• The Supreme Court Approves a New Tool to Defeat Class Certification in Federal Securities Fraud Cases Brought in the Fifth Circuit - Price Impact Evidence
  • October 15, 2014 | Author: Brian C. Kimball
  • Law Firm: Butler Snow LLP - Ridgeland Office
  • The Supreme Court decision in Halliburton v. Erica P. John Fund, Inc., 134 S.Ct. 2398 (2014) concerns a federal securities fraud class action. The case was appealed from the Fifth Circuit. In Haliburton, the Supreme Court rejected the Fifth Circuit’s holding that defendants could not present direct impact evidence at the class certification stage to rebut the fraud-on-the-market presumption of reliance.

    To maintain a class action, Federal Rule of Civil Procedure 23(b)(3) requires a finding that “questions of law or fact common to class members predominate over any questions affecting only individual members . . . .” In other words, if adjudication of the claims of individual members requires a separate inquiry for each class member into significant elements of those claims, a class action is not the proper vehicle to resolve such claims. Before 1988, this requirement for class certification could present a particularly difficult impediment to maintain federal securities fraud class actions asserting claims under Section 10(b) of the Securities Exchange Act of 1934 and the Securities Exchange Commission’s Rule 10b-5.

    Section 10(b) and Rule 10b-5 prohibit material misstatements or omissions in connection with the purchase or sale of any security. A plaintiff’s recovery under section 10(b) and Rule 10b-5 requires proof of, among other elements, the plaintiff’s “reliance upon the misrepresentation or omission . . . .” Blue Chip Stamps v. Manor Drug Stores, 421 U.S. 723, 730 (1975). Whether a person actually relied on a material misstatement is an inherently individualized inquiry. That necessary individualized inquiry meant that a putative class could not satisfy Rule 23(b)(3), making class certification improper.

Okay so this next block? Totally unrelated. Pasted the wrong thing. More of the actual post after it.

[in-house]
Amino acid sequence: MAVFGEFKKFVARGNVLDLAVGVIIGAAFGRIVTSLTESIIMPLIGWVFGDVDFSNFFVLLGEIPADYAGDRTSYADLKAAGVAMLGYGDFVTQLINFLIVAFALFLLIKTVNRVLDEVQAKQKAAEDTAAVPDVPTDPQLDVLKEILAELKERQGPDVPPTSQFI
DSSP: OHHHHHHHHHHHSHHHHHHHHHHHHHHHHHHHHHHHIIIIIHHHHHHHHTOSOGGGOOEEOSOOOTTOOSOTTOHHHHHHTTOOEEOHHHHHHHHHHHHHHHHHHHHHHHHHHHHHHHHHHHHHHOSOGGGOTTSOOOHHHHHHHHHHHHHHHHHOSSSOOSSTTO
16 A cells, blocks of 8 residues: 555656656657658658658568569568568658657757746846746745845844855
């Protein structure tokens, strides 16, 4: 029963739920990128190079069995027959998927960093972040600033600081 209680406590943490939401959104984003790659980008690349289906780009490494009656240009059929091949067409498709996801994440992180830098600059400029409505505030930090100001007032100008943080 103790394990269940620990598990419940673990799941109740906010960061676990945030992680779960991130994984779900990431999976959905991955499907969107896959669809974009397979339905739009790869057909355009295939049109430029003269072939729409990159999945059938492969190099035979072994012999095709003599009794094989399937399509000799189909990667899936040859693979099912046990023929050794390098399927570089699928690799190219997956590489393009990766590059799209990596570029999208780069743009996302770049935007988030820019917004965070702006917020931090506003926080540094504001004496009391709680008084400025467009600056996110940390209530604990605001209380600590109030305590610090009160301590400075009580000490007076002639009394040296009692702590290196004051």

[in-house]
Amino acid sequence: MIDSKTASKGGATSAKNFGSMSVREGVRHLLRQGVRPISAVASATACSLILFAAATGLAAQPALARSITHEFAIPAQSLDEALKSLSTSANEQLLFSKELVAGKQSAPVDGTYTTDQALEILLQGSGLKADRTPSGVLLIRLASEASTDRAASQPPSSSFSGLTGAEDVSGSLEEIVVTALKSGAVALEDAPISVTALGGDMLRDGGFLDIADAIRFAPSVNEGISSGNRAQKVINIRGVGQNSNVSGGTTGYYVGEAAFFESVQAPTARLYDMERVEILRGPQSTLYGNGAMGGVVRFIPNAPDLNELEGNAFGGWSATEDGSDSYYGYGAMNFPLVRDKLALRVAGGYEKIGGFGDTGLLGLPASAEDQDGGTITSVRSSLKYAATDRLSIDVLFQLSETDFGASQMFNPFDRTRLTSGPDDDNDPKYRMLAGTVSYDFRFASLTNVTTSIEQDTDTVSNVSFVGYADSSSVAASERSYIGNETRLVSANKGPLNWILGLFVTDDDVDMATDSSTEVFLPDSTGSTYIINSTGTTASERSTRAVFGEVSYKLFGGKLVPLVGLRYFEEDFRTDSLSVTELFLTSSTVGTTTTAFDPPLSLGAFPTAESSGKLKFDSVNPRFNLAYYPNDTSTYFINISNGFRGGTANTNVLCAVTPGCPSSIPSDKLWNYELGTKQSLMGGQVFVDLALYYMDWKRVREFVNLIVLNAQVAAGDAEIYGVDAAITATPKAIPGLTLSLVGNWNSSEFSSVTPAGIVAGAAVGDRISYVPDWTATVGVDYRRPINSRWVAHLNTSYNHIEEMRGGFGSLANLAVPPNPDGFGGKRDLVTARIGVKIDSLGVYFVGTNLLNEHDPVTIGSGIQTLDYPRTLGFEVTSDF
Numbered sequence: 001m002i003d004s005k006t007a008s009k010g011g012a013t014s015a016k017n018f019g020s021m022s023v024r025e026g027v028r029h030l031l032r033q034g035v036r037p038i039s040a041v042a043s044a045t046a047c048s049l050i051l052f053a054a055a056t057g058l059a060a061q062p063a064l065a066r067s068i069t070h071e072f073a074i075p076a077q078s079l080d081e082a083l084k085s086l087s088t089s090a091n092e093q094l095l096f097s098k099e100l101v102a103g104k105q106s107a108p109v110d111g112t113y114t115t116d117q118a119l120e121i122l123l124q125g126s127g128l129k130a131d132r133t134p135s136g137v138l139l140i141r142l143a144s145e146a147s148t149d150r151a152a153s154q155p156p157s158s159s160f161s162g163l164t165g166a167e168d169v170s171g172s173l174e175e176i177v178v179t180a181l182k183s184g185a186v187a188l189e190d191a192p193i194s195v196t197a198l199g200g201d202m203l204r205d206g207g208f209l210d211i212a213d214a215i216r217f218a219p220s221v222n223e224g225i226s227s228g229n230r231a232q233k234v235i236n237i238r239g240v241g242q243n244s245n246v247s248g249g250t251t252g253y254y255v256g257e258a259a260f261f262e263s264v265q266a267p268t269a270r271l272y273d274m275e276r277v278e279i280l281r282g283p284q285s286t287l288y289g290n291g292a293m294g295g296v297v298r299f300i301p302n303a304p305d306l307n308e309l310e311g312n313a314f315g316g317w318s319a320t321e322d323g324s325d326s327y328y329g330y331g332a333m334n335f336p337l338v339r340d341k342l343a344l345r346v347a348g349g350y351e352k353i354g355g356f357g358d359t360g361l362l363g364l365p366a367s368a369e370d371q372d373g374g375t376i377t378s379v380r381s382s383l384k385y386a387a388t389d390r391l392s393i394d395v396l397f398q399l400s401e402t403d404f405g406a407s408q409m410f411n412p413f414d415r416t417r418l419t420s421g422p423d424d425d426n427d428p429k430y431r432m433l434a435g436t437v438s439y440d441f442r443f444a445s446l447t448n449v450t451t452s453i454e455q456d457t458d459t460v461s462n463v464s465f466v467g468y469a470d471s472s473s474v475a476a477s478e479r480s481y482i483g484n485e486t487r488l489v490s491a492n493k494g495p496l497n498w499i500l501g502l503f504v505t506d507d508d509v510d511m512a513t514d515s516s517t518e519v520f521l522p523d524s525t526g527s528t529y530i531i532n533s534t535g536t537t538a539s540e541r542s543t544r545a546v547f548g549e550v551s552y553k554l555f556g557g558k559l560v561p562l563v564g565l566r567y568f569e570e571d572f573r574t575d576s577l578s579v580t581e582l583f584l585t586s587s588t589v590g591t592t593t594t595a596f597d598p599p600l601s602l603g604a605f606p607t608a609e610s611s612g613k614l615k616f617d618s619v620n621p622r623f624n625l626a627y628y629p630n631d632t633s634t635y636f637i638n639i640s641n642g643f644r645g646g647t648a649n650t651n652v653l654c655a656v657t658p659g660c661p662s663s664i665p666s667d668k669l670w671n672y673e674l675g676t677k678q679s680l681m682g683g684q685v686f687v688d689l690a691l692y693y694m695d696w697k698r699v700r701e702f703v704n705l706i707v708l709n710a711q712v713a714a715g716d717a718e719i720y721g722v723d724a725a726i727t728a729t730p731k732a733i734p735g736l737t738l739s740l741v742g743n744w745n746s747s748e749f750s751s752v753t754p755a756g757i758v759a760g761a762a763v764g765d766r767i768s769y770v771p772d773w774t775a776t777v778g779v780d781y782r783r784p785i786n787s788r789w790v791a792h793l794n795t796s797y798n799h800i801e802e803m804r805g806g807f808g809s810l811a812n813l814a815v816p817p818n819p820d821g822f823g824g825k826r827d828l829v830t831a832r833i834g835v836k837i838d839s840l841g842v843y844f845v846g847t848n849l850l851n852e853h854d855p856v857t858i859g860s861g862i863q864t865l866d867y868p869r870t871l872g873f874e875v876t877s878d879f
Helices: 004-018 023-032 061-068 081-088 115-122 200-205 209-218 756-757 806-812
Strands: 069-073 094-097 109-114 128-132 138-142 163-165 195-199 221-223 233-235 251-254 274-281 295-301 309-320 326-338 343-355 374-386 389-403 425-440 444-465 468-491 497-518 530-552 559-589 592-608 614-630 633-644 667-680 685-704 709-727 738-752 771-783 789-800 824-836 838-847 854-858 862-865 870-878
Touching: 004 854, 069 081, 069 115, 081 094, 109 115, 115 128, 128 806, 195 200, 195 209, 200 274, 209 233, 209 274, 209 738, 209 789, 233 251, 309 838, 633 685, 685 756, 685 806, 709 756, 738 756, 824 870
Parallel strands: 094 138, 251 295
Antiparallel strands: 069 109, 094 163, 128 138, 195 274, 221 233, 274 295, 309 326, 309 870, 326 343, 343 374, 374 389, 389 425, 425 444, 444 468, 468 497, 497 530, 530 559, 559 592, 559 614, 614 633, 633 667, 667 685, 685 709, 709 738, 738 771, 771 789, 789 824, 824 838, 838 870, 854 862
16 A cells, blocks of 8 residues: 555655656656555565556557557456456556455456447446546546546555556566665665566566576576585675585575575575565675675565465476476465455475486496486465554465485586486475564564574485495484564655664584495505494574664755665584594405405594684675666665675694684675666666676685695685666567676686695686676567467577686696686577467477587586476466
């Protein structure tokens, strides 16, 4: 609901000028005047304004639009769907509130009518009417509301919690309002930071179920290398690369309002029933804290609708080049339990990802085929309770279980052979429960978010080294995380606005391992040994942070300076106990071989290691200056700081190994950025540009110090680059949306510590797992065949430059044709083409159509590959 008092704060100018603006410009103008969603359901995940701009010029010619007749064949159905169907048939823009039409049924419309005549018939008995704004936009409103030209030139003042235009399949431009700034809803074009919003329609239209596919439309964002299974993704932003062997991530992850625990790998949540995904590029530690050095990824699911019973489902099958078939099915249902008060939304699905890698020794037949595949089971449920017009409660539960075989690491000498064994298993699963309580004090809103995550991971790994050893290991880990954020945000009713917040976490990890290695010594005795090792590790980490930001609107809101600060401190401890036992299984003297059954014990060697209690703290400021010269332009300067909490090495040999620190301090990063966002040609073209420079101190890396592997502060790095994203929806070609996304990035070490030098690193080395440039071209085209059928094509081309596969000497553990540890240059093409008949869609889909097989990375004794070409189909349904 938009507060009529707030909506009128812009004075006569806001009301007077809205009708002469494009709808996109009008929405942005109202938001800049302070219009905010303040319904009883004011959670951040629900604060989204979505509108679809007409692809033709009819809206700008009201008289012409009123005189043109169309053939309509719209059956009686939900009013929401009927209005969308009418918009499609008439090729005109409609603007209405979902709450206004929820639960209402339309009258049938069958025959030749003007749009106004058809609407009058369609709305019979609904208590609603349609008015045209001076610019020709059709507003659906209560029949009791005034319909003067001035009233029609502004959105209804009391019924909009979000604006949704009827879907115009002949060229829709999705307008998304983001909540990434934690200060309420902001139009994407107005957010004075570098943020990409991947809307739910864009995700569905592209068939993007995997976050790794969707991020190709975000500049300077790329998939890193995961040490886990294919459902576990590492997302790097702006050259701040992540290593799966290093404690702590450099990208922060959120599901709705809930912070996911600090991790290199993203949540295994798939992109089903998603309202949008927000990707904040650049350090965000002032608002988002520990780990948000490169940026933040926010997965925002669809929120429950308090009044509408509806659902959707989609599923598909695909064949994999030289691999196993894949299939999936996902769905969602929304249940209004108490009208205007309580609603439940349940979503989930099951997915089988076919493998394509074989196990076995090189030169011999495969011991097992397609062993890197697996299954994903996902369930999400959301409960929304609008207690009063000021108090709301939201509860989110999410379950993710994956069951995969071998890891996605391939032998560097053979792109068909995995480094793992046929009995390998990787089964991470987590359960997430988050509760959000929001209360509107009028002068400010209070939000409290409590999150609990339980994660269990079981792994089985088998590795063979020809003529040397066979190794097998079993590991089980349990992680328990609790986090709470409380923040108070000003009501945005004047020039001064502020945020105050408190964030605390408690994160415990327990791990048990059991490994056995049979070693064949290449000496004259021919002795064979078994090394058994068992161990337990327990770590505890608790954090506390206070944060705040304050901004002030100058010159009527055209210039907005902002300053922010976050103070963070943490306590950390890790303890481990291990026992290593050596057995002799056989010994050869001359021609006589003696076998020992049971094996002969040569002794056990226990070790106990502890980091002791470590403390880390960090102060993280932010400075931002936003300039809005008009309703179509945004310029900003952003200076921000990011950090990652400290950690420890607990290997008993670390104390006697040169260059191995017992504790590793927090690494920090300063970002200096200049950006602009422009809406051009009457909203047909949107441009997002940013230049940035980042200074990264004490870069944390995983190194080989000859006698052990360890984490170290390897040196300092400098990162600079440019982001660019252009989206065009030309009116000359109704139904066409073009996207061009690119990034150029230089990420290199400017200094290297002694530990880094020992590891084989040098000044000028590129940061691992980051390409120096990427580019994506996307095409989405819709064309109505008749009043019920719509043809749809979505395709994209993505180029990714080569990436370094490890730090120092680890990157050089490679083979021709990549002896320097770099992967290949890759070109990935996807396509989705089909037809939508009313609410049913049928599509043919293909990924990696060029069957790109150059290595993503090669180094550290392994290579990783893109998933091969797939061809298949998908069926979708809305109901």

The Supreme Court’s 1988 decision in Basic, Inc. v. Levinson, 485 U.S. 224 (1988), however, provided plaintiffs with a mechanism to demonstrate reliance for an entire class without individualized proof of reliance. In Basic, the Supreme Court held that plaintiffs could establish a presumption of reliance based on the fraud-on-the-market theory. That theory assumes that prices of securities traded on developed markets reflect all publicly available information, including the misrepresentations that provide the basis for a securities fraud claim. In other words, the market relied and then traded on a price the market assumed was based on true information, when in fact the price was improperly affected by false information. Establishing the reliance presumption requires (1) a public misrepresentation, (2) that is material, (3) about a security traded in an efficient market and (4) that the plaintiff traded between the time of the misrepresentation and the revelation of the truth. The reliance presumption, however, is rebuttable. To rebut the presumption requires evidence that no “link,” in fact, exists between the alleged misrepresentation and the price at which the plaintiff traded.

    Consistent with the Basic decision, the Fifth Circuit had held a defendant could present price impact evidence to defeat plaintiffs’ claims at a trial on the merits. Even so, the Fifth Circuit refused to permit the presentation of price impact evidence to rebut the presumption at the earlier class certification stage. Other circuits, such as the Second Circuit, disagreed and allowed the defendants to present price impact evidence at the class certification stage to rebut the reliance presumption and defeat class certification.

    In Haliburton, the Supreme Court rejected the Fifth Circuit’s position on the issue. The Court held that defendants could present price impact evidence to rebut the reliance presumption at the class certification stage. The Court observed that the fraud-on-the-market theory and the prerequisites necessary to establish the reliance presumption are themselves an indirect way for plaintiffs to demonstrate that a misrepresentation impacted a security’s price. The Supreme Court reasoned that to ignore a defendant’s salient direct evidence of no price impact and allow the class action to proceed is both illogical and wasteful.